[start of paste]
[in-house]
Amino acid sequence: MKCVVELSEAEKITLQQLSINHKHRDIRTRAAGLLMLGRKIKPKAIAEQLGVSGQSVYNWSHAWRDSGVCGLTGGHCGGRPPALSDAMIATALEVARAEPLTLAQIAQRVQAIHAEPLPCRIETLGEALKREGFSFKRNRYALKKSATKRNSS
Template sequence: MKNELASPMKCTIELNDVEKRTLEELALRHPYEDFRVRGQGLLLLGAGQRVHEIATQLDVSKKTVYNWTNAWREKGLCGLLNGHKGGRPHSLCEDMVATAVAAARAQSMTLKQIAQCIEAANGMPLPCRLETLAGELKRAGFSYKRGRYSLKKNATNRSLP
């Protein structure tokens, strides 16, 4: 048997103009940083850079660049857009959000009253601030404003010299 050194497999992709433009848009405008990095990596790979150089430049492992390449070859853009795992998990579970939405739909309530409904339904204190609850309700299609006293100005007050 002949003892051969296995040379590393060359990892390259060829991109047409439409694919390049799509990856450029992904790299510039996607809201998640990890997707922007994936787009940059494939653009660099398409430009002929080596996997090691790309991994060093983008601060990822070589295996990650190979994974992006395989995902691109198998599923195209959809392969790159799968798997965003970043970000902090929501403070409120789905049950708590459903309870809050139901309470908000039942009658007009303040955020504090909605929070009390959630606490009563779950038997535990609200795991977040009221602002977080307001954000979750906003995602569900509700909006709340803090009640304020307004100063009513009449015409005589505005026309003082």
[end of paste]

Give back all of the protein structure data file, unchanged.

[in-house]
Amino acid sequence: MKCVVELSEAEKITLQQLSINHKHRDIRTRAAGLLMLGRKIKPKAIAEQLGVSGQSVYNWSHAWRDSGVCGLTGGHCGGRPPALSDAMIATALEVARAEPLTLAQIAQRVQAIHAEPLPCRIETLGEALKREGFSFKRNRYALKKSATKRNSS
Template sequence: MKNELASPMKCTIELNDVEKRTLEELALRHPYEDFRVRGQGLLLLGAGQRVHEIATQLDVSKKTVYNWTNAWREKGLCGLLNGHKGGRPHSLCEDMVATAVAAARAQSMTLKQIAQCIEAANGMPLPCRLETLAGELKRAGFSYKRGRYSLKKNATNRSLP
């Protein structure tokens, strides 16, 4: 048997103009940083850079660049857009959000009253601030404003010299 050194497999992709433009848009405008990095990596790979150089430049492992390449070859853009795992998990579970939405739909309530409904339904204190609850309700299609006293100005007050 002949003892051969296995040379590393060359990892390259060829991109047409439409694919390049799509990856450029992904790299510039996607809201998640990890997707922007994936787009940059494939653009660099398409430009002929080596996997090691790309991994060093983008601060990822070589295996990650190979994974992006395989995902691109198998599923195209959809392969790159799968798997965003970043970000902090929501403070409120789905049950708590459903309870809050139901309470908000039942009658007009303040955020504090909605929070009390959630606490009563779950038997535990609200795991977040009221602002977080307001954000979750906003995602569900509700909006709340803090009640304020307004100063009513009449015409005589505005026309003082």